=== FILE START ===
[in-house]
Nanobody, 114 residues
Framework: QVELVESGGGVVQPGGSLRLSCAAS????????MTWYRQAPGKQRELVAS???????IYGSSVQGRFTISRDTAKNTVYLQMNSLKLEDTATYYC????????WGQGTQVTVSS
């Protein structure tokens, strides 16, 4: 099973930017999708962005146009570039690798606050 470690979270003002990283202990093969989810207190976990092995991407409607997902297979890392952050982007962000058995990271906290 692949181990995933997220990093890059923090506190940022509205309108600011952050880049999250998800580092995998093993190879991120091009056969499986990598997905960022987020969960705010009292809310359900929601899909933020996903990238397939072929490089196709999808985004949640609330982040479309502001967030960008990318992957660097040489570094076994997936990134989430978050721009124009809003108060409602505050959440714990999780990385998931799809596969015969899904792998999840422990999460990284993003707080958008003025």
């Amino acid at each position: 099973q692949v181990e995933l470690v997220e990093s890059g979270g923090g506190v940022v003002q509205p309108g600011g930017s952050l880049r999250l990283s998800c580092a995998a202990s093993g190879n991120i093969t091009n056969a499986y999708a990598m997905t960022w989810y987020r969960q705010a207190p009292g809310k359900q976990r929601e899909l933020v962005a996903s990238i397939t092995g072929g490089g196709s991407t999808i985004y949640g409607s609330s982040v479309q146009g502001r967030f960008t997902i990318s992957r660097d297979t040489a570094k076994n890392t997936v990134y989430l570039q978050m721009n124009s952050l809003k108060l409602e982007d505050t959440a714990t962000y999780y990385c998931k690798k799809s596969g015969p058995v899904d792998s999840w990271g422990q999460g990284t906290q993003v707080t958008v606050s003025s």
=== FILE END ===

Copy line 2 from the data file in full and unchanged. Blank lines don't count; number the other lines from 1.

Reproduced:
Nanobody, 114 residues